18. 18. • If gallbladder is palpable in a jaundiced patient, it is unlikely to be due to gallstones, because stones would have given rise to chronic inflammation and subsequently fibrosis of gallbladder therefore, rendering it incapable of dilatation. Conversely, the causes other than stone (principally tumours), would result in the distension of gallbladder, felt on abdominal palpation.
  19. 19. Investigation • Elevation of serum bilirubin, alkaline phosphatase, and transaminases are commonly seen in patients with bile duct stones. • Ultrasonography • Magnetic resonance cholangiography (MRC) • Endoscopic cholangiography Schwartz's Principles of Surgery
  20. 20. Management • Primary management High glucose diet Protein restriction IV Broad spectrum antibiotics Vitamin K Lactulose Correction of metabolic and coagulation abnormality
  21. 21. Definite Management • If an endoscopic cholangiogram reveals stones, sphincterotomy and ductal clearance of the stones is appropriate, followed by a laparoscopic cholecystectomy. • Open common bile duct exploration is an option if the endoscopic method has already been tried or is, for some reason, not feasible. If a choledochotomy is performed, a T tube is left in place. • Stones impacted in the ampulla may be difficult for both endoscopic ductal clearance as well as common bile duct exploration (open or laparoscopic). In these cases the common bile duct is usually quite dilated (about 2 cm in diameter). A choledochoduodenostomy or a Roux-en-Y choledochojejunostomy may be the best option under this circumstance. Schwartz's Principles of Surgery
  22. 22. Surgical versus endoscopic treatment of bile duct stones • Open bile duct surgery seems superior to ERCP in achieving common bile duct stone clearance based on the evidence available from the early endoscopy era. There is no significant difference in the mortality and morbidity between laparoscopic bile duct clearance and the endoscopic options. There is no significant reduction in the number of retained stones and failure rates in the laparoscopy groups compared with the pre-operative and intra-operative ERCP groups. There is no significant difference in the mortality, morbidity, retained stones, and failure rates between the single-stage laparoscopic bile duct clearance and two-stage endoscopic management. More randomised clinical trials without risks of systematic and random errors are necessary to confirm these findings. Cochrane Database Syst Rev. 2013 Sep 3;9:CD003327. doi: 10.1002/14651858.CD003327.pub3.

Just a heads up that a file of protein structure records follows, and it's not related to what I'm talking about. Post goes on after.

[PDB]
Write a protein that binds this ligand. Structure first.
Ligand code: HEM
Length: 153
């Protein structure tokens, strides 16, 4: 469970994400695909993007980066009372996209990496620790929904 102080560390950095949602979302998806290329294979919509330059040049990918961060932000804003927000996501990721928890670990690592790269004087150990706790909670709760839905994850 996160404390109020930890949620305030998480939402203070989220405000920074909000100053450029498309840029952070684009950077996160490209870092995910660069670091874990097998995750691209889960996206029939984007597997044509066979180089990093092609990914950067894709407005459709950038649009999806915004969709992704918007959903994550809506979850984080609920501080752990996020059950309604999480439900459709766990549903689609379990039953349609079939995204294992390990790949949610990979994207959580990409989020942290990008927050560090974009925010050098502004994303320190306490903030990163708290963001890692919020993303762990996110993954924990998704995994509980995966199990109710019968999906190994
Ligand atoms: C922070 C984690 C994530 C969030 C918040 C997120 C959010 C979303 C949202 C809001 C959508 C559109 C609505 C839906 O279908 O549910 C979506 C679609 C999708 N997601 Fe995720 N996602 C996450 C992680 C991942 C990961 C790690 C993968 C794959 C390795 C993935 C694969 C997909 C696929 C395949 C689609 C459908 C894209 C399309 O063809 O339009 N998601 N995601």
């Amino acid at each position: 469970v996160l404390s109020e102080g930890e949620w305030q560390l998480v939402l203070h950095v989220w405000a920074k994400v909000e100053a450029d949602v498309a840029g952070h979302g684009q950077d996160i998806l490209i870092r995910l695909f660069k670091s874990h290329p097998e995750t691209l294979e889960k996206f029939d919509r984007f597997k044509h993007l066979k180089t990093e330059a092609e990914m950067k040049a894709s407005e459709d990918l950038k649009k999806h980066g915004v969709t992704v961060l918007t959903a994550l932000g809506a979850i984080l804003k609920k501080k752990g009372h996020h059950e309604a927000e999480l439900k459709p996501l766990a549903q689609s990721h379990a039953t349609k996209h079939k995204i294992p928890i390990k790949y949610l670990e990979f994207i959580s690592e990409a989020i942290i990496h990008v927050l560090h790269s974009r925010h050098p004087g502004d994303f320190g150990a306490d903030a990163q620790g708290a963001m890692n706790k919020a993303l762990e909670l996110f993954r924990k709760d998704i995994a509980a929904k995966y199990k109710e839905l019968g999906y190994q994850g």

23. 23. Primary closure • Primary closure of the CBD after exploration can be done only if certain criteria such as the following are satisfied: • Patent ampulla of Vater • Complete removal of all intraductal calculi • Absence of pancreatic pathology • Meticulous suture of the duct Indian J Surg (July–August 2012) 74(4):323–324
  24. 24. World Journal of Surgery January 2012, Volume 36, Issue 1, pp 164-170 Primary Closure Following Laparoscopic Common Bile Duct Exploration Combined with Intraoperative Cholangiography and Choledochoscopy Background Laparoscopic common bile duct exploration (LCBDE) has become one of the main options for treating choledocholithiasis associated with cholelithiasis. Our objective was to assess the short-term outcomes of patients undergoing laparoscopic primary closure of the common bile duct (CBD) compared with laparoscopic choledochotomy plus T-tube drainage. Methods We retrospectively studied 137 patients undergoing primary closure following LCBDE (group A) compared with 102 cases with laparoscopic choledochotomy plus T-tube drainage (group B) between January 2007 and January 2010. Intraoperative cholangiography (IOC) and choledochoscopy were performed in all patients. Results Three patients in group A (2.2%) were converted to open surgery and two (2.0%) in group B because of serious adherence. According to routine IOC, unexpected CBD stones were found in 16 cases (6.8%). The duration of the operation in group A was shorter than in group B (92.4 ± 15.2 vs. 125.7± 32.6 min, P < 0.05), as was length of postoperative stay (3.1± 2.4 vs. 5.7± 4.3 days, P < 0.05). Postoperative bile leakage occurred in six patients (4.5%) in group A and four cases (4.0%) in group B; all of the patients recovered after simple drainage without reoperation. Bile peritonitis was seen in one case after T-tube removal. The median follow-up was 26 months. There were no recurrences. Conclusions Laparoscopic primary closure of the CBD is safe and successful for the management of CBD stones. Application of IOC and choledochoscopy to ensure clearance of the CBD and careful suturing are essential for primary closure.